In practice, this re-conceptualisation of market segmentation has profound implications: with natural segments rarely present in consumer data, segmentation solutions cannot be derived solely from statistical analysis, but rather require substantial user input. This is critical in the common case of constructive segmentation, where data analyst and manager must select one of many thousand legitimate consumer groupings as the basis for their segmentation strategy. Using the technique we developed, data analysts can determine the correct approach to market segmentation – natural, reproducible, or constructive – for their data. The analysis of stability of market segmentation can be conducted at the segment solution level (Dolnicar & Leisch, 2010) or at the segment level (Dolnicar & Leisch, 2017).

The significance of this piece of work lies in the fact that it is the first conceptual framework that acknowledges that natural clusters rarely exist in empirical consumer data, suggests a typology of segmentation approaches and offers an analytic tool that helps data analysts to determine which of those types of approaches are available to them given the structure of their empirical data.

Improving interpretation of market segmentation solutions

Results from data-driven market segmentation analyses are typically presented in large tables with interpretation requiring pairwise comparison of hundreds of numbers. For this reason, managers and practitioners generally struggle to interpret them. We developed a suite of graphical statistics methods that allow managers to efficiently compare market segmentation solutions, grasp key features of each segment, and assess segment distinctiveness (Dolnicar & Leisch, 2013). Our eye-tracking research (Babakhani, Leisch & Dolnicar, 2019) demonstrates that these new graphical visualisations significantly reduce the cognitive effort required to interpret segmentation solutions and increase correctness of interpretations. High-quality graphical statistics will, in the future, enable market segmentation analysis of continuous streams of data generated in real time.

Figure showing improved market segmentation solutions. Using a large enough sample, determining optimal number of segments, producing reliable segmentation solutions, correctly interpreting resulting segments, avoiding flawed methods, benefitting from methods from other fields, integrating segmentation with strategic marketing.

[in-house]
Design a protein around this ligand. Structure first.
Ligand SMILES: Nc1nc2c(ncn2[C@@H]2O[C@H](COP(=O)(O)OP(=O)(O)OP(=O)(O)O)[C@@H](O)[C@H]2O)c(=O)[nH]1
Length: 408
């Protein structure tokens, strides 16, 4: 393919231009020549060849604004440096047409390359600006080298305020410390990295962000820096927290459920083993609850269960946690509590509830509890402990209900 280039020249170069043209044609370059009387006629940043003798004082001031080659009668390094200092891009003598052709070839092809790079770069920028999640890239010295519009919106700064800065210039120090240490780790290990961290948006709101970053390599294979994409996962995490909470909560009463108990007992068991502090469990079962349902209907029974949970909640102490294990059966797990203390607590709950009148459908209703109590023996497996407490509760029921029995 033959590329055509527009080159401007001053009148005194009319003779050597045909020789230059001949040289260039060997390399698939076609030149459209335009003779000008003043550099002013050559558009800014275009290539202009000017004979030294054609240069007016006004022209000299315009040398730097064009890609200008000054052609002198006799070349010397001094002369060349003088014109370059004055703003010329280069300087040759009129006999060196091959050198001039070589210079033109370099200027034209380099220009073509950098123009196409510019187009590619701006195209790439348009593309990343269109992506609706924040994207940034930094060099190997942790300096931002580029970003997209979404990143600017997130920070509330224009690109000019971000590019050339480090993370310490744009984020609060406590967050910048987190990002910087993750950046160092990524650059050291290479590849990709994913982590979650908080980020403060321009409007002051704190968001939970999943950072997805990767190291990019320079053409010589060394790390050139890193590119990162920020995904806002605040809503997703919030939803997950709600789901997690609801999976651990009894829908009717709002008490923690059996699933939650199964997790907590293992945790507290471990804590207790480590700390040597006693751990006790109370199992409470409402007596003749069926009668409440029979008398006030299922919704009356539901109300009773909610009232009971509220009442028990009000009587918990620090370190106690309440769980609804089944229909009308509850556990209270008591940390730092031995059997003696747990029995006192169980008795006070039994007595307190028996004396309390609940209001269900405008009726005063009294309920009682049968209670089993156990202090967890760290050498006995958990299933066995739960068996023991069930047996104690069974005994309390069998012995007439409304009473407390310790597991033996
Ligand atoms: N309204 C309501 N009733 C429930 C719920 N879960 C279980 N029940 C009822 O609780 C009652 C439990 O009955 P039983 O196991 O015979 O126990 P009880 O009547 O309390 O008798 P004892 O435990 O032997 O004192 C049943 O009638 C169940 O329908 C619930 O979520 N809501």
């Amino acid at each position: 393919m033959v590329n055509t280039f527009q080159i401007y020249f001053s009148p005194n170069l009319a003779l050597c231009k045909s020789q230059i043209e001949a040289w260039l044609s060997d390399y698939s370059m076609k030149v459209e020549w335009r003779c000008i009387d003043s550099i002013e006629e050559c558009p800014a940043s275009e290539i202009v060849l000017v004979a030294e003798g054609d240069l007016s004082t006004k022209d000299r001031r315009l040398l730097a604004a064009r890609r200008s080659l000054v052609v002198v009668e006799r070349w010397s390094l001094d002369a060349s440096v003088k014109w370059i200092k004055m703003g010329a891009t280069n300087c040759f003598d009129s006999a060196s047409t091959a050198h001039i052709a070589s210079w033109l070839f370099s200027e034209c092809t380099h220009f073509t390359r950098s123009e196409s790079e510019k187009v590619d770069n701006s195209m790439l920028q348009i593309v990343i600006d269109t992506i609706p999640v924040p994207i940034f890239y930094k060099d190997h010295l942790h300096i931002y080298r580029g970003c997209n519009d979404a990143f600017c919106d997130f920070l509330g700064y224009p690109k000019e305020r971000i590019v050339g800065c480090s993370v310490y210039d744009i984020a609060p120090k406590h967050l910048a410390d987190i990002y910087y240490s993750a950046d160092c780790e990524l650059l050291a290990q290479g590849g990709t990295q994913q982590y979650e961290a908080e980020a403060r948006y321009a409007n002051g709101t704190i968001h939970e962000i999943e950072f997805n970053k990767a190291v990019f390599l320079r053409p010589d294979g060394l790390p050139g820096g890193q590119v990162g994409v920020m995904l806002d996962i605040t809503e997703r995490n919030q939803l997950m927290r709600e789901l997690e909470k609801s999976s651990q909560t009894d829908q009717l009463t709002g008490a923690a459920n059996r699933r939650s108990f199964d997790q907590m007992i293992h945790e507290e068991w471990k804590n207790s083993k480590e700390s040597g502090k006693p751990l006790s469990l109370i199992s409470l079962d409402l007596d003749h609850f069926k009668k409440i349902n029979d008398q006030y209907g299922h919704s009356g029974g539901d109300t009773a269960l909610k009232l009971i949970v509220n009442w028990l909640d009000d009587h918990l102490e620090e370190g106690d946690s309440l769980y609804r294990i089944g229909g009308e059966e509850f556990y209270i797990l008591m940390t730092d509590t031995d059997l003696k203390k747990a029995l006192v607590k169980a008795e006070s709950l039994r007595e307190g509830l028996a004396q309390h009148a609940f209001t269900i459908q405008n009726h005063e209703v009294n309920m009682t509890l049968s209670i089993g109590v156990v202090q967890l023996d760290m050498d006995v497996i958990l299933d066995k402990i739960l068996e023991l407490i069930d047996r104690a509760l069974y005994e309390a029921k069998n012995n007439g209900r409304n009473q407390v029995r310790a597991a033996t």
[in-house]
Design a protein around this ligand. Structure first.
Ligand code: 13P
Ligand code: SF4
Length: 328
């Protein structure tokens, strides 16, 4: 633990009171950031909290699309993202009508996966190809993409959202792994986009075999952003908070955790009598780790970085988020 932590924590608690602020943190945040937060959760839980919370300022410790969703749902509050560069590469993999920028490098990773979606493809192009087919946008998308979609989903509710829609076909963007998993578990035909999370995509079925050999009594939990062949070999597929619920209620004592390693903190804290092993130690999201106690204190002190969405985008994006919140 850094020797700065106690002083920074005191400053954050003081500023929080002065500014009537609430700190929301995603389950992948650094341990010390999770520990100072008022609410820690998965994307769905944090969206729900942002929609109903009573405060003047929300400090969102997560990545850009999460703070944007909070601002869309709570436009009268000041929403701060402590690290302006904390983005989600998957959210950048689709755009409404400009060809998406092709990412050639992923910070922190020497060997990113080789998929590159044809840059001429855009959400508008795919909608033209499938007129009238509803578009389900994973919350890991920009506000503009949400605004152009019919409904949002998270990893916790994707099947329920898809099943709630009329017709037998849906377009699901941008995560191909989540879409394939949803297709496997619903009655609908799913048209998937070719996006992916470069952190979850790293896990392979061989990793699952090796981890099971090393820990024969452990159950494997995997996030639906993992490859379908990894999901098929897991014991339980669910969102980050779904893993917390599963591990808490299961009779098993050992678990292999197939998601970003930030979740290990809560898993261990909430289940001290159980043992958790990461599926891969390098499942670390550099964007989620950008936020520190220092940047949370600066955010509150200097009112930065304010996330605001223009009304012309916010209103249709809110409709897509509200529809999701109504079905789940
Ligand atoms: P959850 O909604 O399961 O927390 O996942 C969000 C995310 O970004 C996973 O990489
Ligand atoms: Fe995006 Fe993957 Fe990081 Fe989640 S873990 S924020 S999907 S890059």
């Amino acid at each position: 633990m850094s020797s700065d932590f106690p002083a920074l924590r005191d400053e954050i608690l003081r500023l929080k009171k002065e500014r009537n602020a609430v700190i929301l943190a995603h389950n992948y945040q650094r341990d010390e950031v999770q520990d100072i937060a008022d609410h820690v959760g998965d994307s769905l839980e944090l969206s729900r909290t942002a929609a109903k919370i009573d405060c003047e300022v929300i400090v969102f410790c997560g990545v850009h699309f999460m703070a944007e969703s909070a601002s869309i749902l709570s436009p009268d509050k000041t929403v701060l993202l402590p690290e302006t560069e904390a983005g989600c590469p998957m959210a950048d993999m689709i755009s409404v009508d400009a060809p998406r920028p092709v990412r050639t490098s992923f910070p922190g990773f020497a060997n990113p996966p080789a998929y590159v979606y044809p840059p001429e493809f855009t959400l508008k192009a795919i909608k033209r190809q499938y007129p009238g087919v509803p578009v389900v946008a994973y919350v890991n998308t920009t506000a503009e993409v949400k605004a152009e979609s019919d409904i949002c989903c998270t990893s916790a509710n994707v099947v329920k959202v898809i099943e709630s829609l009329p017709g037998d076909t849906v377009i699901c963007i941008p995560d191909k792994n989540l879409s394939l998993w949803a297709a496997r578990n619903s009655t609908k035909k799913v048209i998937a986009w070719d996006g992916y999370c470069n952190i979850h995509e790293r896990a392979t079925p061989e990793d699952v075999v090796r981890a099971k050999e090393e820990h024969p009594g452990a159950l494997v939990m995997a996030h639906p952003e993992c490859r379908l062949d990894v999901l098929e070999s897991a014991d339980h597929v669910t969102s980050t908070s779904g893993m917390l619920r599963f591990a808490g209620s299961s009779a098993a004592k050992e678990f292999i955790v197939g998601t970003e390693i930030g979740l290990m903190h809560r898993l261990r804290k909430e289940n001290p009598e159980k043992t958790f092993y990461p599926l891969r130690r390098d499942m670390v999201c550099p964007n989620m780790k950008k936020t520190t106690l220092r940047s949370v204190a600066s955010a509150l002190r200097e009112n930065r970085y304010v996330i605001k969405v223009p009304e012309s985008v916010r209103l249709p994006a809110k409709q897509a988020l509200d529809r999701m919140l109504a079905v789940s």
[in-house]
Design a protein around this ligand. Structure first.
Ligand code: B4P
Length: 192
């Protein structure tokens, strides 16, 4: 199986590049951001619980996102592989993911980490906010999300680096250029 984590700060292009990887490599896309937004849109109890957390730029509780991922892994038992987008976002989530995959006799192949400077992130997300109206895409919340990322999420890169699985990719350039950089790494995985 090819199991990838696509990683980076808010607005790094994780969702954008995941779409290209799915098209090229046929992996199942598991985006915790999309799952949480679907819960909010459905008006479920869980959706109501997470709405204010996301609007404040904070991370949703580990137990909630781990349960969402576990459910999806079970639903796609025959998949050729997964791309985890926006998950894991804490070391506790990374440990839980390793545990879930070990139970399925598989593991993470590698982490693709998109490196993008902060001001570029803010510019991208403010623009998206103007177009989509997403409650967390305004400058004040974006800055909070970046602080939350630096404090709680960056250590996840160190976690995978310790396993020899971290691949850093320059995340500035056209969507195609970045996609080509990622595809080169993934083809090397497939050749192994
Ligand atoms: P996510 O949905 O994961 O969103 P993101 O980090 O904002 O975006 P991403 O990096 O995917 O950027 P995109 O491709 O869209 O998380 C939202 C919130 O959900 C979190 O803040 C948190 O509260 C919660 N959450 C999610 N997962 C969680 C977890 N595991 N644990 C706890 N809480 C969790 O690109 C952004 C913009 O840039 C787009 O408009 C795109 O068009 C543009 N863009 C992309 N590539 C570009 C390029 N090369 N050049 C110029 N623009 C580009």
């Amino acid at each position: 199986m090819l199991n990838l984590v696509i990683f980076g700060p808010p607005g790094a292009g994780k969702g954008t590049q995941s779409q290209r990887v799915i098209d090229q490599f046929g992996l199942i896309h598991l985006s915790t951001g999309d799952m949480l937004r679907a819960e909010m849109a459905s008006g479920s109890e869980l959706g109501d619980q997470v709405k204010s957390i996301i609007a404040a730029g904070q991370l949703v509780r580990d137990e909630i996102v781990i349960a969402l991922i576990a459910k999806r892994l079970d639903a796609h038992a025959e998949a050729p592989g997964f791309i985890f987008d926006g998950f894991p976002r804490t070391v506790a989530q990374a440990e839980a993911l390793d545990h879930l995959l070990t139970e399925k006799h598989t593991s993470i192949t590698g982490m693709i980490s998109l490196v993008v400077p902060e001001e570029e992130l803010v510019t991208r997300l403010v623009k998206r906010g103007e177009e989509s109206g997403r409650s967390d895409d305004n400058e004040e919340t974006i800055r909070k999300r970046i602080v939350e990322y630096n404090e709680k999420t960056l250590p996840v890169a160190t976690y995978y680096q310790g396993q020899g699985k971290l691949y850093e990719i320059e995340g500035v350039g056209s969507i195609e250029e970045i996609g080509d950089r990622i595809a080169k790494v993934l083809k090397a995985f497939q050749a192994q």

Figure 1. Sara Dolnicar and her team’s contribution to improving the quality of market segmentation solutions.

Raising concerns about commonly used segmentation algorithms in tourism research

An approach commonly used in tourism segmentation studies is factor cluster analysis. In factor cluster analysis, raw data is first factor analysed and resulting factors are used as input for cluster analysis. Despite conceptual concerns having been raised about the suboptimality of factor-cluster analysis (Sheppard, 1996), factor cluster analysis was – and sadly still is – routinely used in tourism research. In an extensive simulation study with artificial data sets mirroring typical tourism data sets, we proved that factor analysing items before constructing segments usually leads to inferior results compared to using raw data directly, and never outperforms analyses using raw data (Dolnicar & Grün 2008). Even in cases where the artificial data is generated using a factor model (giving factor cluster analysis a huge advantage), factor cluster analysis fails to outperform clustering raw data directly.

Introducing analytic technique from other fields of research

Over the years, we have tested a range of analytical approaches used in other fields to assess whether they offer improvements over commonly used algorithms in tourism. Most notably, we introduced two neural network methods to segmentation analysis.

Bagged clustering (Dolnicar & Leisch, 2000; 2003; 2004) is an ensemble method which first runs many repeated cluster analyses using a partitioning algorithm (able to handle large sample sizes), then it discards the original data and calculates a hierarchical cluster analysis with the centroid resulting from the first set of calculations. This process substantially increases the stability of results, thus improving the reliability of segmentation solutions and their credibility as a basis for developing marketing plans in organisations.

Biclustering (Dolnicar, Kaiser, Lazarevski & Leisch, 2012) simultaneously groups individuals and selects variables without discarding the variables before or during the analysis. This elegant approach, previously used only in the analysis of genetic data, enables marketing researchers to run segmentation analysis without having to decide in advance which items to include in the analysis. In so doing, two mistakes are avoided: the exclusion of relevant variables before segmentation analysis and the overestimation of included variables which in fact contribute very little to the segmentation solution.

Integrating market segmentation with other strategic marketing instruments

Market segmentation goes hand in hand with the positioning of an organisation and its competitive situation. To find an optimal overall marketing strategy, these three aspects need to be analysed simultaneously. Yet the standard approach in marketing planning is sequential, precluding identification of a global optimum. I contributed to the development of perceptions-based market segmentation, a non-parametric simultaneous analysis of segmentation, positioning and competition which prevents sequence errors (Dolnicar, Grabler & Mazanec 1999; Buchta, Mazanec & Strasser 2000; Buchta, Dolnicar & Reutterer 2000).


I am deeply grateful for the support of the Australian Research Council (DP110101347, LX0881890, LX0559628). Without this support it would have been impossible for my colleagues and I to make the contributions discussed in this chapter.


Written by Sara Dolnicar, University of Queensland, Australia
Read Sara’s letter to future generations of tourism researchers


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Women’s voices in tourism research Copyright © 2021 by The University of Queensland is licensed under a Creative Commons Attribution 4.0 International License, except where otherwise noted.